• LogLevel = 4 (default)
    • LOG_ERROR = 0
    • LOG_WARN = 1
    • LOG_INFO = 2
    • LOG_DEBUG = 3
    • LOG_TRACE = 4

The PureProvider log files are stored under C:\ProgramData\PureStorage. There are two log files:

1. PureProviderConfig.log -- Contains logging information for the PureProvider configuration.

Jan 10 12:31:47.343 20AC I Pure.Logger >>>>>>>>>>>>>>>>>>>>>>>>>>>>>>> ==== ( LOG SESSION STARTED ) ==== <<<<<<<<<<<<<<<<<<<<<<<<<<<<<<<<
Jan 10 12:31:47.358 20AC I Pure.Logger LogLevel: 4, LogFileName: C:\ProgramData\PureStorage\PureProviderConfig.log.
Jan 10 12:31:47.374 20AC I Pure.Logger Version: 1.6.0. BUILD: .16.16 (64-bit Release). OS: 6.2
Jan 10 12:31:47.374 20AC I main() Command-line: C:\Program Files\Pure Storage\VSS\Provider\PureProviderConfig.exe add --url https://10.0.0.1 --user pureuser TBL2-M20 
Jan 10 12:31:47.390 20AC D main() Starting Application - CONSOLE mode
Jan 10 12:31:47.405 20AC D PurityRegCli.Start Purity Reg Tool Log initialized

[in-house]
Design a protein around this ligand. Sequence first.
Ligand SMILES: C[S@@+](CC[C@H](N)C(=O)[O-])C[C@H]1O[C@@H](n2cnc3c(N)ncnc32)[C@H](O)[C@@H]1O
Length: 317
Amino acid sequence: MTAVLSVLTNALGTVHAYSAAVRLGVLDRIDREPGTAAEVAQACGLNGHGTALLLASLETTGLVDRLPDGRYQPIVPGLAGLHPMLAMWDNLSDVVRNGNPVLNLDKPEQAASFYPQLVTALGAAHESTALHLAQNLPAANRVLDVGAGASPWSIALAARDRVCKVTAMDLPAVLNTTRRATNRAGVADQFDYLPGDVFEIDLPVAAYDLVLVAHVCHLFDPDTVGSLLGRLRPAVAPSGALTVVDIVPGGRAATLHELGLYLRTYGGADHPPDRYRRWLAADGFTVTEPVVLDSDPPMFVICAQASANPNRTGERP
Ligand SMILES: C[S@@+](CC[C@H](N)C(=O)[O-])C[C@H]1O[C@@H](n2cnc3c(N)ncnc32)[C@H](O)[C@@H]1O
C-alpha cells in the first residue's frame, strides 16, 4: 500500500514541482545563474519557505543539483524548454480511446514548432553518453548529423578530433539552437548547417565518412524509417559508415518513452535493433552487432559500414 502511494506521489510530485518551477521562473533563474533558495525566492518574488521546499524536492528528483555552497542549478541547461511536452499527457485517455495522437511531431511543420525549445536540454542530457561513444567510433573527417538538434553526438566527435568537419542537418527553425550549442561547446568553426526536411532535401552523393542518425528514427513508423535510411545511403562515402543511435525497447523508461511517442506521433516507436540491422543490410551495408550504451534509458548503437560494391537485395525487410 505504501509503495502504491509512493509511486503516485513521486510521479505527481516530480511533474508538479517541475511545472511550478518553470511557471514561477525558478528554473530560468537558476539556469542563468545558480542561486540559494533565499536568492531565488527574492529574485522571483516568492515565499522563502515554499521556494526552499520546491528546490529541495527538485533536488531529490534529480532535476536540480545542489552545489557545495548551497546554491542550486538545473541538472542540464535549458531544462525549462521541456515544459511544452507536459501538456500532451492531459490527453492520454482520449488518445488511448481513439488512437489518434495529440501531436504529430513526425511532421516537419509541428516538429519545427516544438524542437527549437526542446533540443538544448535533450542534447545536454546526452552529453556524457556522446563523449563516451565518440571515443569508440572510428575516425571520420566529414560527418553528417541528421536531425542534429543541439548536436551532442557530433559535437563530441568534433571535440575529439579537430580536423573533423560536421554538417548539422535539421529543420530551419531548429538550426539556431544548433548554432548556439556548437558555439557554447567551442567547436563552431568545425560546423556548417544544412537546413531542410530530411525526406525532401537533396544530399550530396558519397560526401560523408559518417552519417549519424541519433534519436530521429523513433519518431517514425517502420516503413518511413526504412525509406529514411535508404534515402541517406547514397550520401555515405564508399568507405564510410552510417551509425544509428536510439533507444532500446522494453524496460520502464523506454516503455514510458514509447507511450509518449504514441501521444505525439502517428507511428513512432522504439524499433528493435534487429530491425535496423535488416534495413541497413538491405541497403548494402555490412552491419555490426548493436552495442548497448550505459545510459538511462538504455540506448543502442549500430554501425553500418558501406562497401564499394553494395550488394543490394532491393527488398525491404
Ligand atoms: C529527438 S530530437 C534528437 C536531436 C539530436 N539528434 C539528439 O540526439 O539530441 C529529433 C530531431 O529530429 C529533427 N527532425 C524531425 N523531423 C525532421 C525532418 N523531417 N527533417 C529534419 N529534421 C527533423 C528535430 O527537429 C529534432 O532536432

Jan 10 12:31:47.405 20AC D Pure.RegTool Cli ENTERING: AddPureArrayConfiguration()
Jan 10 12:31:47.421 20AC D Pure.RegTool Implementation ENTERING: GetPassword()
Jan 10 12:31:49.811 20AC D Pure.RegTool Implementation Password Entered: hidden, Exiting: GetPassword()
Jan 10 12:31:49.826 20AC D Pure.RegTool Implementation ENTERING: AddPureArray() with Parameters: Name=TBL2-M20, URL=https://10.0.0.1, Username=pureuser, Password hidden

2. PureVSSHardwareProvider.log -- Contains logging information for VSS operations. When troubleshooting VSS operations this is the log file that has the pertinent information.